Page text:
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HTTP 2.0 (estimated) release date
Hi all, I was thinking that, if it is known and if it comes from a reliable source, it would be a good idea to add in the article the estimated release date of HTTP 2.0. I am pretty sure this addition would add value to the article. Does anybody know if there is an estimated release date of the new protocol? Thanks --MsG 08:31, 10 August 2012 (UTC)
- I added the milestone table from the charter. The current plan is for standardization in late 2014. This could have general adoption likely beginning in 2015, though you'll probably get experimental implementations in Firefox and Chrome sometime in 2014 for testing and use with early adopting sites. Note that it is entirely possible that this timetable could get delayed for a lengthy time if no consensus is reached during its development period, so there's no way to state any release date with any certainty at this early stage. 188.8.131.52 (talk) 15:23, 2 June 2013 (UTC)
A "Criticism"-section should be made
I'm sorry, but this page seems somewhat one-sided to me. Having operated webservers in-depth for some time, I would like to point out there is resistance towards HTTP 2.0 / SPDY: https://www.varnish-cache.org/docs/trunk/phk/http20.html
- Hello there! Hm, this is a quite interesting quotation from the above linked page:
- "Our general policy is to only add protocols if we can do a better job than the alternative, which is why we have not implemented HTTPS for instance."
- So, how did they do a better job regarding HTTPS, for example? — Dsimic (talk | contribs) 04:14, 22 March 2014 (UTC)
- Given the latest comment by a member of the WG, it seems that a criticism section is something that people will be looking for (http://lists.w3.org/Archives/Public/ietf-http-wg/2014AprJun/0815.html) Sgaragan (talk) 11:50, 27 May 2014 (UTC)
More references, less opinion
Organization of this article is well done and the content ordering seems to flow. A more neutral stance could have been taken, especially in the “Background of HTTP 2.0” section. You write the phrase, “it is important to understand…” several times, and this should be reworded to seem more neutral, and read more like an encyclopedia article rather than an opinionated one. I’d love to see more connections to other links. Your “Protocol” section has many, but the other sections are lacking. More outside sources may provide readers with a better understanding of the topic and allow for even more research. This correlates with citations/references also. You’ve got a good start on citing your work, and I think even more could be done. More citations at the bottom of the page, and in-text citations throughout the article would prove the article to be more authentic and well researched. Keep up the good work! Goblue2013 (talk) 21:59, 28 March 2014 (UTC)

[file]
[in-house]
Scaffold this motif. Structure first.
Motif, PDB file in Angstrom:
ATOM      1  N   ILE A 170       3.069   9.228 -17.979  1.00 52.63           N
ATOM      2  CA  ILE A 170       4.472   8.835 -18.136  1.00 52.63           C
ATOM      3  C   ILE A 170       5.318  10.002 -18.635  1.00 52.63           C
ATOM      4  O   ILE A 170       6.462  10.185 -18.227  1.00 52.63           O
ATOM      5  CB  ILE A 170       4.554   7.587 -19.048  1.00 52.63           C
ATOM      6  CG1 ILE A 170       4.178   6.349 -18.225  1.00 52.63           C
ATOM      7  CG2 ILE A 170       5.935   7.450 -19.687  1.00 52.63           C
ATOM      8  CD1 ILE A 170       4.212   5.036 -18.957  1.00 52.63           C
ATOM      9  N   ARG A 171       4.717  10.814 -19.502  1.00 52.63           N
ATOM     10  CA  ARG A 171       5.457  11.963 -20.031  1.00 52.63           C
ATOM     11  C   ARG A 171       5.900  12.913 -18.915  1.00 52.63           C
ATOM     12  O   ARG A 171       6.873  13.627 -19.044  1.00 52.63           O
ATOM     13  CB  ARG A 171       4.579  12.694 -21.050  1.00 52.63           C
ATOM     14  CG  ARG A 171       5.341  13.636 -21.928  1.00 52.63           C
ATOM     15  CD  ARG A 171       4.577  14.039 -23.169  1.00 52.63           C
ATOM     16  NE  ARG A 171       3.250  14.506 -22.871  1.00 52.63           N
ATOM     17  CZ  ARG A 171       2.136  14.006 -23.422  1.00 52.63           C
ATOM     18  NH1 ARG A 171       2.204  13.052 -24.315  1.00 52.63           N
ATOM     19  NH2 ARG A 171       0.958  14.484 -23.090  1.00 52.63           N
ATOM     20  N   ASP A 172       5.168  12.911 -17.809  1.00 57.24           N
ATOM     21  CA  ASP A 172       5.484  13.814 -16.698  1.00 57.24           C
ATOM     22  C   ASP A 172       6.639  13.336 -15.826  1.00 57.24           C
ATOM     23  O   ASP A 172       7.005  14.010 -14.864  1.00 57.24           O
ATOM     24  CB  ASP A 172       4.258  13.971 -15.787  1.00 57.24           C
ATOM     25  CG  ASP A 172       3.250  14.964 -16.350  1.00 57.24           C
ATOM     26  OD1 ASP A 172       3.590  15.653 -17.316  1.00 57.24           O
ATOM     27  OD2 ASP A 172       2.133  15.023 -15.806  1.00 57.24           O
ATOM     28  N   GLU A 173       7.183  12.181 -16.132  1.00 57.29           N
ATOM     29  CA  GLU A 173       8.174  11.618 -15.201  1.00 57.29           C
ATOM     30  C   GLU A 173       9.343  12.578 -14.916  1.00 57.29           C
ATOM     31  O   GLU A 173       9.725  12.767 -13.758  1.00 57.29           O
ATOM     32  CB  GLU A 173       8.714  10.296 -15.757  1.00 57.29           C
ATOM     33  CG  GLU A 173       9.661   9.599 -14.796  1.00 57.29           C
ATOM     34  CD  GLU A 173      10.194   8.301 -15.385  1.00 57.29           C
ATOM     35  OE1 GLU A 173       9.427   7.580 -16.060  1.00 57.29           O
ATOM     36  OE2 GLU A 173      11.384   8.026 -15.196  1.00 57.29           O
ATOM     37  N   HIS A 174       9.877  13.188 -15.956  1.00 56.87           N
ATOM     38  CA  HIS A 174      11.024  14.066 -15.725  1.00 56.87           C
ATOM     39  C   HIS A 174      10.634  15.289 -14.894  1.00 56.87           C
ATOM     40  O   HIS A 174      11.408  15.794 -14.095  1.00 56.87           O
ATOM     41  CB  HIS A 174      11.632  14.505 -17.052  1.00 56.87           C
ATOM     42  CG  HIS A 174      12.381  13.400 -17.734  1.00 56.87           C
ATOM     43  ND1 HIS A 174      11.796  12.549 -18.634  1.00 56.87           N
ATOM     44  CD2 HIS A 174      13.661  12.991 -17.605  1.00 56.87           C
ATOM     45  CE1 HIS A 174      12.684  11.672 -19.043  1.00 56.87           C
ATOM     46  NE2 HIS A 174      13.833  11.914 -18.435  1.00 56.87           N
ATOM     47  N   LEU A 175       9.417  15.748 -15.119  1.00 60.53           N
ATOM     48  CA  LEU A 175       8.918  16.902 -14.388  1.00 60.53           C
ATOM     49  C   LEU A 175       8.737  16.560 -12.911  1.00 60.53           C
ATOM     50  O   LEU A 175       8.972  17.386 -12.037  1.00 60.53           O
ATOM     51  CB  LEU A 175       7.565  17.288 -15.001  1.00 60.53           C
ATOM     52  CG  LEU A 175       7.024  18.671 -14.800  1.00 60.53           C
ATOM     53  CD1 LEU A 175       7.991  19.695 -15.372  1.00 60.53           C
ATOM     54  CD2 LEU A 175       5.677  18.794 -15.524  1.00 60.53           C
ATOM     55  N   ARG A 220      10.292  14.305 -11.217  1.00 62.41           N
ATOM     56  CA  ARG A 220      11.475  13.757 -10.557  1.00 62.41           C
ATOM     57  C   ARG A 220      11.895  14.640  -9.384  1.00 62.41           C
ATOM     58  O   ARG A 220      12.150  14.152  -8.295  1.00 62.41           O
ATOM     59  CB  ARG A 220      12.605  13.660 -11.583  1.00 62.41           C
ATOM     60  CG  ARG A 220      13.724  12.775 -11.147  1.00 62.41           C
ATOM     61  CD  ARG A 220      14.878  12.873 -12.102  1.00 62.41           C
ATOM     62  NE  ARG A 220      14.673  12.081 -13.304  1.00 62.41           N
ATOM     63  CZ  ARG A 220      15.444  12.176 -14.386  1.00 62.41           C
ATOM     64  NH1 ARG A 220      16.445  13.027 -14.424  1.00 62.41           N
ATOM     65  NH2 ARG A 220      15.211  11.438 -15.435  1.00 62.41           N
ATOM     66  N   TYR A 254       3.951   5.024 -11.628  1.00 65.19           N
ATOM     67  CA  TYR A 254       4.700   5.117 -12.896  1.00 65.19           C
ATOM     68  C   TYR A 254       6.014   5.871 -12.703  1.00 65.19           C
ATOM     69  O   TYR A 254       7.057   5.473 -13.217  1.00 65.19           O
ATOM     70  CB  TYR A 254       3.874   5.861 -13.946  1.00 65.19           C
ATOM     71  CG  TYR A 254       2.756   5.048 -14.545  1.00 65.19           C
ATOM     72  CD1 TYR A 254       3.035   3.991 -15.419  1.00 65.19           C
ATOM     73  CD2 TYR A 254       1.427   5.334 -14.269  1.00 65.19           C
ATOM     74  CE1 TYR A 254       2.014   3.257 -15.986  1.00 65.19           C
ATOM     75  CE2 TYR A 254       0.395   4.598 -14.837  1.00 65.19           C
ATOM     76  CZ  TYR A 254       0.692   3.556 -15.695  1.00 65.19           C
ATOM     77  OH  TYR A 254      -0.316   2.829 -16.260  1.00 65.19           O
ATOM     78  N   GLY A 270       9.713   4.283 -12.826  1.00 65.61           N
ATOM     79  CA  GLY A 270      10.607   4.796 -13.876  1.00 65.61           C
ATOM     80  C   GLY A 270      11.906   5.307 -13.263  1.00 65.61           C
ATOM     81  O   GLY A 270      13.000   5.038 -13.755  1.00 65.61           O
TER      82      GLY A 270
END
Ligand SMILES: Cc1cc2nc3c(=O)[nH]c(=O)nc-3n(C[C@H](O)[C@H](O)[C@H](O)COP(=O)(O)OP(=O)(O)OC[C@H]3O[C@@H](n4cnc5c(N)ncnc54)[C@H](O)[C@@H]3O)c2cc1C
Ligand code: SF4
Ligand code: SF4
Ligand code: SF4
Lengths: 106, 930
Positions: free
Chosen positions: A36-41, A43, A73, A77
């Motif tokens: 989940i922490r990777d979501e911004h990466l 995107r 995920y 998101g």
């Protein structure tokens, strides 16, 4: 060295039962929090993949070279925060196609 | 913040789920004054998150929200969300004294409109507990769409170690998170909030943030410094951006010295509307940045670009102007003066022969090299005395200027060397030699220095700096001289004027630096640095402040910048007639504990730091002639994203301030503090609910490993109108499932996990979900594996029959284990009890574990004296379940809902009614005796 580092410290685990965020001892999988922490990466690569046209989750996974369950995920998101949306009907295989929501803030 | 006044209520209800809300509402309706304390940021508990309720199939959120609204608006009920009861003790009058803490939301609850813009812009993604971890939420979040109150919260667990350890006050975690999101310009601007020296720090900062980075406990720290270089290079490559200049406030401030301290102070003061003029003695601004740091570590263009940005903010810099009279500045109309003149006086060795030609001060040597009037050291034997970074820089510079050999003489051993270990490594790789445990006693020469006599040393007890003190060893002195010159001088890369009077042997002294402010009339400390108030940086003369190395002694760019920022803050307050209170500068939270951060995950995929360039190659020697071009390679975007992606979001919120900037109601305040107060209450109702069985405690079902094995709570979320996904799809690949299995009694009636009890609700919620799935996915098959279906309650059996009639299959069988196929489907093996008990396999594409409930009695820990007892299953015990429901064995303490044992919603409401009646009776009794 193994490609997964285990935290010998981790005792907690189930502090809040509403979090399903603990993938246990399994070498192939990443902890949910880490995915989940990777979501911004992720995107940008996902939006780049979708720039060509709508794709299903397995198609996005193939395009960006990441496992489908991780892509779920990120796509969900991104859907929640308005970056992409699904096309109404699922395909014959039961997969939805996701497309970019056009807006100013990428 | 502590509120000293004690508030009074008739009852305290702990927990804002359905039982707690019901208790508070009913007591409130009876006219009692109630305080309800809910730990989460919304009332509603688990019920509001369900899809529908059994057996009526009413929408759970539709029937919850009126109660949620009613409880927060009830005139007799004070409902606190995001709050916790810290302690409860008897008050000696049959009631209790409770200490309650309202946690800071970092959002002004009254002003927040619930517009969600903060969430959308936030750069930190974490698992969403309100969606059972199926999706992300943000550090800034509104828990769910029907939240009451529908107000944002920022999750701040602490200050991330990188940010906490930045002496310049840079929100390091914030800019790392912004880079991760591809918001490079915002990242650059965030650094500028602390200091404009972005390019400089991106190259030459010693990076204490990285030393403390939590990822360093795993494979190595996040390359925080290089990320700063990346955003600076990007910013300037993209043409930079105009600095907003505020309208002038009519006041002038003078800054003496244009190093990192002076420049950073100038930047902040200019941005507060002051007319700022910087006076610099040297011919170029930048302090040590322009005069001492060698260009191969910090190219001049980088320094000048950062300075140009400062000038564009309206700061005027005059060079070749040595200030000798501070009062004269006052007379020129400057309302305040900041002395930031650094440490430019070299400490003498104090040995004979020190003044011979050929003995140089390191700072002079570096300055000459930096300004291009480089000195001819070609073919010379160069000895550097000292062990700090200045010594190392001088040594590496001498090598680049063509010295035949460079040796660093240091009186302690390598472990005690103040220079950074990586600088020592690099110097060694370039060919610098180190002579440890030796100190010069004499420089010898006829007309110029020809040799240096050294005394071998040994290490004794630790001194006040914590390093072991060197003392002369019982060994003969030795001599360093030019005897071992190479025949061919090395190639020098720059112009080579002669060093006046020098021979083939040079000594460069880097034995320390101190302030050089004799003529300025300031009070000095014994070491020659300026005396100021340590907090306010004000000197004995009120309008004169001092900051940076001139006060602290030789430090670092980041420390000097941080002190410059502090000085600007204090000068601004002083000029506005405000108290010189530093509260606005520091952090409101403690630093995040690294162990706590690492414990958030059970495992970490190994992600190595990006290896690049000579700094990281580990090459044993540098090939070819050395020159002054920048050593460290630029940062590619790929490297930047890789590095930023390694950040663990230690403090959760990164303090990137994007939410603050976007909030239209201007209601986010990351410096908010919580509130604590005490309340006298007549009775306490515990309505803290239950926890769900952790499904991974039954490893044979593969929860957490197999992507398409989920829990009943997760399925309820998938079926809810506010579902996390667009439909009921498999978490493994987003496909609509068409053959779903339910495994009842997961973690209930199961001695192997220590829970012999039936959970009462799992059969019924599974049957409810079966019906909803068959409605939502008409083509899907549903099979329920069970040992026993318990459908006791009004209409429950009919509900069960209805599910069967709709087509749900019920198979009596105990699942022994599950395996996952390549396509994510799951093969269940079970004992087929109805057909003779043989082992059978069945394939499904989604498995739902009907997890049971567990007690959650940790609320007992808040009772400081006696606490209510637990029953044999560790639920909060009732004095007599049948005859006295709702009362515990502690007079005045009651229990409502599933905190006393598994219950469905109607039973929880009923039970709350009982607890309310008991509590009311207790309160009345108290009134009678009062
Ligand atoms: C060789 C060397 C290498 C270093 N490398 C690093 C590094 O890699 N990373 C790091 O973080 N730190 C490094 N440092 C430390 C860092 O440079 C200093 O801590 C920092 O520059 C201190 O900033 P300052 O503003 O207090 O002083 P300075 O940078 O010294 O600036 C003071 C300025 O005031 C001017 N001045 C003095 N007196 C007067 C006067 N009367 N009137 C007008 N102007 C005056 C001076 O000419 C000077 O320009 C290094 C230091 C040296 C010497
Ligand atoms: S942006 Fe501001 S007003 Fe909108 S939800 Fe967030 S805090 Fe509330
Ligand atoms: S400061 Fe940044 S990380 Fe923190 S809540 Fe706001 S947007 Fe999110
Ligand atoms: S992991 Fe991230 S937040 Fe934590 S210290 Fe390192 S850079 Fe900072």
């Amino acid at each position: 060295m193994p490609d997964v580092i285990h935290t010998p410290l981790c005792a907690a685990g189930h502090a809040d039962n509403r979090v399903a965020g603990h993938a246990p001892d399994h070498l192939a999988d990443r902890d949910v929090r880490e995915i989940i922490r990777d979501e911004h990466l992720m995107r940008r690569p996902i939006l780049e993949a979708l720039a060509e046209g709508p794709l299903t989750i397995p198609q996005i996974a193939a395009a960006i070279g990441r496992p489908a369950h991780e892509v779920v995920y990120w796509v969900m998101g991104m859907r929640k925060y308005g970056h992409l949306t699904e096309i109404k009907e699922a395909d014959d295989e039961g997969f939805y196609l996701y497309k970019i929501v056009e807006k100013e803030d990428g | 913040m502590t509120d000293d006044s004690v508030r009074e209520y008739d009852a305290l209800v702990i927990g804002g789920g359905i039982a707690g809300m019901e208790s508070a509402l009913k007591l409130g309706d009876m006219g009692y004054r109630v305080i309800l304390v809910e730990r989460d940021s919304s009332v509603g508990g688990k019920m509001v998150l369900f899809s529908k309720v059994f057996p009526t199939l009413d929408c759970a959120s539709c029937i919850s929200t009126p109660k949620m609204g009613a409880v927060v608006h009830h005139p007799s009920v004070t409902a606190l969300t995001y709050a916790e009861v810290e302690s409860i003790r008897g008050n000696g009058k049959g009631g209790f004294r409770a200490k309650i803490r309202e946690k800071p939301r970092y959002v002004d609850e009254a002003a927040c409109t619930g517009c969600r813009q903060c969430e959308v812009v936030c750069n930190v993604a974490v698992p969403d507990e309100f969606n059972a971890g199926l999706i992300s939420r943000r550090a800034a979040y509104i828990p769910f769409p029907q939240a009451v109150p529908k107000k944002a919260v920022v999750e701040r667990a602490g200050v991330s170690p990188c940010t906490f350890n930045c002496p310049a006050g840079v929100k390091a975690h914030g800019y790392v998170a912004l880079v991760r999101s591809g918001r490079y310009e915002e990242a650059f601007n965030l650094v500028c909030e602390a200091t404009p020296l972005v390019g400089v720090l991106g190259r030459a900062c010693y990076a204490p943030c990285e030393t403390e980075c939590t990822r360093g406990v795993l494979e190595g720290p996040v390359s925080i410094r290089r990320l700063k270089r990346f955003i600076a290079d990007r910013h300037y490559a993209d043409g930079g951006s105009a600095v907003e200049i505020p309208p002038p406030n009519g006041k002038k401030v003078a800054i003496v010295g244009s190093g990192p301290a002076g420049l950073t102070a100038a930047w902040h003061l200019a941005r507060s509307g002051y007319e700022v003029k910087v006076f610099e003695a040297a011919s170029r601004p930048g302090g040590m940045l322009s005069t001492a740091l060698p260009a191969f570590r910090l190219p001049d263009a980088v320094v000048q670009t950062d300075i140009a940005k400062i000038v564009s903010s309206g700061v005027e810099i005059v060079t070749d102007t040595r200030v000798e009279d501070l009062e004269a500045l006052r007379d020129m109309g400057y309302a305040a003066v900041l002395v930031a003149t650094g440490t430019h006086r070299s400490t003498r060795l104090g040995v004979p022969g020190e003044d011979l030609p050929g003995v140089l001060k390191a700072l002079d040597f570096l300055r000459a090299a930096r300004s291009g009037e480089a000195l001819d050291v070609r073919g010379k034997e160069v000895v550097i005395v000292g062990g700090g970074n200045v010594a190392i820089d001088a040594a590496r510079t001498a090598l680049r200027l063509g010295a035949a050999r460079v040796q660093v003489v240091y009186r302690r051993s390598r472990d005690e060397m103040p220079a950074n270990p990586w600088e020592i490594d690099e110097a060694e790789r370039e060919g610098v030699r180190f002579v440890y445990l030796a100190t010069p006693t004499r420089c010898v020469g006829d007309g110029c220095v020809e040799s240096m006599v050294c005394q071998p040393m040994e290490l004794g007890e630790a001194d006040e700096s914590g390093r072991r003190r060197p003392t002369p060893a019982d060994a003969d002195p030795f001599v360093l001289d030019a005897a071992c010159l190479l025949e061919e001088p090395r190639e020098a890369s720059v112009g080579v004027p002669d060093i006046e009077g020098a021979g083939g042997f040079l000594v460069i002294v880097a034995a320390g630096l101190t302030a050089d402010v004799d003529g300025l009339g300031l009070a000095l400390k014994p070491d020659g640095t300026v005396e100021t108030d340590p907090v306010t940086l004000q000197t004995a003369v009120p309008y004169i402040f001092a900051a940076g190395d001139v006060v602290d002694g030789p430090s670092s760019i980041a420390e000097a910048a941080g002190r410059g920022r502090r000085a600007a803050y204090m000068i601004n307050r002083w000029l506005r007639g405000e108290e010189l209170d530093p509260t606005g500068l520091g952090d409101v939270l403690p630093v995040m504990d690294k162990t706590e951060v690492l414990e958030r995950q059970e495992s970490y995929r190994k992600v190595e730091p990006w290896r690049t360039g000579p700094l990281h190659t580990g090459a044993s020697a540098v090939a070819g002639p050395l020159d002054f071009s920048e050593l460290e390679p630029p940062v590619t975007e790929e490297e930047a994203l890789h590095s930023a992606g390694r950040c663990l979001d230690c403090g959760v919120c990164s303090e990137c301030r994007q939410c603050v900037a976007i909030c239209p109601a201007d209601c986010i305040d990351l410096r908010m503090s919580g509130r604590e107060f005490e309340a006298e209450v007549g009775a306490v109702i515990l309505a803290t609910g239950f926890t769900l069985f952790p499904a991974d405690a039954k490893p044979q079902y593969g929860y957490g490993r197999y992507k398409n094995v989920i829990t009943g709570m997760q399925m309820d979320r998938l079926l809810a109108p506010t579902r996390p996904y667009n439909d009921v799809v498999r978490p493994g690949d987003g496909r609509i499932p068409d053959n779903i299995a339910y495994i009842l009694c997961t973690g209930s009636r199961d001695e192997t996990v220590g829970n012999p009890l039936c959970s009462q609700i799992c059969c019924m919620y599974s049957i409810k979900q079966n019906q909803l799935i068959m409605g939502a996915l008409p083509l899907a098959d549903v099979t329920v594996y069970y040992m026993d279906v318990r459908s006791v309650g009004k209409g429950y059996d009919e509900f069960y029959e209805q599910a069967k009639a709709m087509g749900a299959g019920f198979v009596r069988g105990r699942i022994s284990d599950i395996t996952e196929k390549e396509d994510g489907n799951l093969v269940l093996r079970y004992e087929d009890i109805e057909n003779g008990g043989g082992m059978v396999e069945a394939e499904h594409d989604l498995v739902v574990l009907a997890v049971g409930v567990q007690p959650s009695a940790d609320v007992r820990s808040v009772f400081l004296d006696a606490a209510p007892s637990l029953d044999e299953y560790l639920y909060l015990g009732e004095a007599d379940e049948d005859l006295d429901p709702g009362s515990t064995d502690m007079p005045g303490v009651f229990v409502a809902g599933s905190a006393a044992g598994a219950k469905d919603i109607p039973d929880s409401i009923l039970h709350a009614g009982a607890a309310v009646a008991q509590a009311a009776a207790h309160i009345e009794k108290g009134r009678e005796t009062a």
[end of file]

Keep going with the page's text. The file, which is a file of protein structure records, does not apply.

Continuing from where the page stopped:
- This phrasing has since been changed, and I improved the sourcing. -- Beland (talk) 16:12, 27 August 2014 (UTC)
Structure of the article
The article contains a lot of information, but could have a better structure. For example you have a subsubsection goals, but also talk in three other sections about the goals in general. And this is just on example that I noticed immediately. What I did not find immediately are the actual changes from HTTP 1.x to 2, while those should deserve a subsection. Also there is a lot of redundant information, probably because the article grew along with the work on the standard and related stuff is all over the place, including information that is only historically relevant (the development should get an own subsection as well probably). Now that HTTP/2 is almost done, the article should get an overhaul. Also the new name is [HTTP/2 instead of 2.0] --184.108.40.206 (talk) 14:04, 14 August 2014 (UTC)
Rename to HTTP/2?
Differences from SPDY
The section on differences from SPDY has some rather unfriendly ambiguous text:
- SPDY communicates separately with each host, which means that multiplexing happens only at one host at a time, no matter how many connections are open. This means that SPDY can only download things from one host at a time. The improvement HTTP 2.0 makes on this is that it allows multiplexing to happen at different hosts at the same time. This makes downloading multiple web pages or content from the Internet significantly faster.
This doesn't make any sense to me, and the reference is simply pointing at the spec. Frankly this sounds like a load of bollocks. HTTP/2 still specifies that there should only be one connection to a host per client. "SPDY can only download things from one host at a time" is--AFAICT--false.